Rocket League – Videogame review

Rocket League, a fast paced game about playing football with cars, has proved so popular that, upon release, servers were simply not ready to take the sheer amount of players.

A football game attempts to replicate the appearance of the sport and Rocket League replicates the feel. Where a button press in FIFA passes and shoots, here you have to consider the angle and speed you hit the ball with. It is like the car you control is actually the foot of a footballer, with the movements of the vehicle being naturally mapped to the controller. The versatility of the cars and the potential of the physics based mechanics lead to a great deal of unpredictability and crazy goals that really feel earned.

ss_60ac6fe7925aed9169469fbee41a395a4e9448a7.1920x1080The game naturally strips away most of the rules of traditional football and the only goal is to get the ball into the net at all costs. Despite this, there is a great deal of potential for strategies and teamwork. These approaches change depending on the mode you play, from 1v1 ranked to 4v4 chaos. In 3v3 a common approach is to have a player hanging back near goal, while one person hits the ball to the corner in order to curl it around toward the opposing goal, while the third player is ready to punt it in. In 1v1, centering the ball in such a way usually results in your opposite number smacking the ball back to your goal, while you are in no position to stop it. So, despite not technically having tons of content (car models, stages) the potential for the game is expansive.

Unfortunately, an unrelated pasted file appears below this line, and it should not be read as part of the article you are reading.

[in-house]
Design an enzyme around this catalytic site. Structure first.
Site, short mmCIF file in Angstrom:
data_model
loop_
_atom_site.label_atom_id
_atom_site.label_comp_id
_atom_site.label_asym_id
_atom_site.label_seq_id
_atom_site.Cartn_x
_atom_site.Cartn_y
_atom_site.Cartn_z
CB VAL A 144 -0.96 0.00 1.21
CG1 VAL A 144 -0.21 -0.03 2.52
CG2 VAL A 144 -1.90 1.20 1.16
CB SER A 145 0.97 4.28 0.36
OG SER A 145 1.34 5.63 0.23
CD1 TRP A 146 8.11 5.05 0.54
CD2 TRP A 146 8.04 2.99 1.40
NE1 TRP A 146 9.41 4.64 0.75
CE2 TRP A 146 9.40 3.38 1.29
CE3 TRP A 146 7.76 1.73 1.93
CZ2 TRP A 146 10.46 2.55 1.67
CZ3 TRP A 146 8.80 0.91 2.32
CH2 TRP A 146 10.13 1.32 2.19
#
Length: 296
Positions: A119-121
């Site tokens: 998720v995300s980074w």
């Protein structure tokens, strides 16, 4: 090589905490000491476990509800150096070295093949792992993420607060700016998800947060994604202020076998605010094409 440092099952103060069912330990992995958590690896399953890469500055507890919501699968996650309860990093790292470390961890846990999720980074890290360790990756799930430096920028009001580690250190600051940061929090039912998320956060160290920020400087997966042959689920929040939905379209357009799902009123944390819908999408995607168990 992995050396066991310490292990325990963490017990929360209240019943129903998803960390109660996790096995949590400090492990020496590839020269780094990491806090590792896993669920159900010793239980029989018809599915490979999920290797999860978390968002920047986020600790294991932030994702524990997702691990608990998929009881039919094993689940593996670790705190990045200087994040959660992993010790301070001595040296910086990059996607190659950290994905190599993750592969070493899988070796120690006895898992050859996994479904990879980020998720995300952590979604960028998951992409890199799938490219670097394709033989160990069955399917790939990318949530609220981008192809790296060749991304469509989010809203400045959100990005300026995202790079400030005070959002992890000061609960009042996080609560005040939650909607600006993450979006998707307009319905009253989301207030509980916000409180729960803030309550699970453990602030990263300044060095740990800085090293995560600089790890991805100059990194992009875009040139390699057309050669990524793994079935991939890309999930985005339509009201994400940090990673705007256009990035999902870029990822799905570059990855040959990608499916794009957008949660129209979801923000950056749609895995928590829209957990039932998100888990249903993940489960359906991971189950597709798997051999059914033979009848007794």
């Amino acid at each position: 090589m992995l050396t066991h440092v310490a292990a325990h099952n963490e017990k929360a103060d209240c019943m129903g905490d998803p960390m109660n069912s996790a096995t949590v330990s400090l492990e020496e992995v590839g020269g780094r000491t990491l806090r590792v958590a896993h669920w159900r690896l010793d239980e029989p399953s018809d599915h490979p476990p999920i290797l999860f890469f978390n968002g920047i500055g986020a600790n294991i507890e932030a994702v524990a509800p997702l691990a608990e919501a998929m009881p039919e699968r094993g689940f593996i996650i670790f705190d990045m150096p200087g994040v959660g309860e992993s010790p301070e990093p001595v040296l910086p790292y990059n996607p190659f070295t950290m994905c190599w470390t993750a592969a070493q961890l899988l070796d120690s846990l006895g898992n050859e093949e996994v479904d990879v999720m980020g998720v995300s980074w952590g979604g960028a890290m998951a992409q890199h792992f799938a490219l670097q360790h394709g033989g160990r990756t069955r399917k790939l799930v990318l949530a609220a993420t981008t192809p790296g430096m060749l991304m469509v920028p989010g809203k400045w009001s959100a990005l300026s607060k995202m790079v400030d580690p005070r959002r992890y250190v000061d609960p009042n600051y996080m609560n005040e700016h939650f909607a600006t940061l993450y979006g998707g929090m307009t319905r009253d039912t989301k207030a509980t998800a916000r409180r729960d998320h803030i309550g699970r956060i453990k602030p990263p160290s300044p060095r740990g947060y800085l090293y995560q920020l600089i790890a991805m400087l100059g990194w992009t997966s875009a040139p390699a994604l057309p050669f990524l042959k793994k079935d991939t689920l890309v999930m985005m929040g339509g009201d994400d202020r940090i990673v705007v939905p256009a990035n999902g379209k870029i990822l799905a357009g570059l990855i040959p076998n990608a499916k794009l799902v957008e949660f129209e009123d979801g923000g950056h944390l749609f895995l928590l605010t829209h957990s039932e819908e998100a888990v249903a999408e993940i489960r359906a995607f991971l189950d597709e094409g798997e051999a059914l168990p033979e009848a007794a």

The heavy emphasis on cosmetic expression, through hats and antennas, means that Rocket League would have been a prime candidate for a Team Fortress/ CS GO system of micro-transactions, which would not affect game-play. In those games, displaying rarer items is more of a display of wealth than anything else, like tacky jewellery. They are an indicator that you either had to spend a lot of money to get the item, or that you are well off enough that you don’t need to sell it. Even without micro-transactions, an item earned through difficult means could still be adopted out of pride for its significance, rather than aesthetic reasons alone. Rocket League is totally random and egalitarian in the way that it dishes out items. This means that designing your own car is a completely level playing field, and is totally about expressing your own tastes.

The “Supersonic Fury” paid DLC Pack is due to be released in August 2015, adding 2 new cars, and other aesthetic options. At the same time, a new stage will be released for free. Such a model for income seems fairly archaic, but everything about this games mentality is fairly old-school. The game not only has local multiplayer, but it isn’t even limited to 2 players, as most modern games that still include local do. Get this game.

9/10

Connor Cochrane

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